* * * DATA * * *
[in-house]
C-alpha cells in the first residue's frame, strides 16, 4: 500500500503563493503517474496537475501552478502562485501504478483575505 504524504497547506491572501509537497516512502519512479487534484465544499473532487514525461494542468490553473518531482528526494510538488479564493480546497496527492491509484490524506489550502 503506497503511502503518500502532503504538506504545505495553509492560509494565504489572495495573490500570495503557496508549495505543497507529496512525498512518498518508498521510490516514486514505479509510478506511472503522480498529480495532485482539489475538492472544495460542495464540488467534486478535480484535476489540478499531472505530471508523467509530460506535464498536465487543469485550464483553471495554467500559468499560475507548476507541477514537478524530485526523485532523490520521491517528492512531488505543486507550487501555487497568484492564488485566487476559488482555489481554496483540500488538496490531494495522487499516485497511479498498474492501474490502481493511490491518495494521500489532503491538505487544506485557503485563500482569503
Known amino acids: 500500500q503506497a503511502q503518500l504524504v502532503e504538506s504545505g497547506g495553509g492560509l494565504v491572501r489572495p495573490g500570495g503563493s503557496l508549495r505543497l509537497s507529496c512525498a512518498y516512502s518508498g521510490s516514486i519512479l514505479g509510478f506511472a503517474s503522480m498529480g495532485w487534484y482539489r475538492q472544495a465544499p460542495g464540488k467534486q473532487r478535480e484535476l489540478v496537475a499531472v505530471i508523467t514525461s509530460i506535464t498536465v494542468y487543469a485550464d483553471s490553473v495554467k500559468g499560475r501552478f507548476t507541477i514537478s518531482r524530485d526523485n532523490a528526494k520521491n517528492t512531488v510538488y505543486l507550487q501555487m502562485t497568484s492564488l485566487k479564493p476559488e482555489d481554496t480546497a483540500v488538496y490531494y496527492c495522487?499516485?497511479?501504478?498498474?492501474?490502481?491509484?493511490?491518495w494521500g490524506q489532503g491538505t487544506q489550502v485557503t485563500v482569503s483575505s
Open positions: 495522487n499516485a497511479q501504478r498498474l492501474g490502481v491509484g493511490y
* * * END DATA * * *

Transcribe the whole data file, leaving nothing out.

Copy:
[in-house]
C-alpha cells in the first residue's frame, strides 16, 4: 500500500503563493503517474496537475501552478502562485501504478483575505 504524504497547506491572501509537497516512502519512479487534484465544499473532487514525461494542468490553473518531482528526494510538488479564493480546497496527492491509484490524506489550502 503506497503511502503518500502532503504538506504545505495553509492560509494565504489572495495573490500570495503557496508549495505543497507529496512525498512518498518508498521510490516514486514505479509510478506511472503522480498529480495532485482539489475538492472544495460542495464540488467534486478535480484535476489540478499531472505530471508523467509530460506535464498536465487543469485550464483553471495554467500559468499560475507548476507541477514537478524530485526523485532523490520521491517528492512531488505543486507550487501555487497568484492564488485566487476559488482555489481554496483540500488538496490531494495522487499516485497511479498498474492501474490502481493511490491518495494521500489532503491538505487544506485557503485563500482569503
Known amino acids: 500500500q503506497a503511502q503518500l504524504v502532503e504538506s504545505g497547506g495553509g492560509l494565504v491572501r489572495p495573490g500570495g503563493s503557496l508549495r505543497l509537497s507529496c512525498a512518498y516512502s518508498g521510490s516514486i519512479l514505479g509510478f506511472a503517474s503522480m498529480g495532485w487534484y482539489r475538492q472544495a465544499p460542495g464540488k467534486q473532487r478535480e484535476l489540478v496537475a499531472v505530471i508523467t514525461s509530460i506535464t498536465v494542468y487543469a485550464d483553471s490553473v495554467k500559468g499560475r501552478f507548476t507541477i514537478s518531482r524530485d526523485n532523490a528526494k520521491n517528492t512531488v510538488y505543486l507550487q501555487m502562485t497568484s492564488l485566487k479564493p476559488e482555489d481554496t480546497a483540500v488538496y490531494y496527492c495522487?499516485?497511479?501504478?498498474?492501474?490502481?491509484?493511490?491518495w494521500g490524506q489532503g491538505t487544506q489550502v485557503t485563500v482569503s483575505s
Open positions: 495522487n499516485a497511479q501504478r498498474l492501474g490502481v491509484g493511490y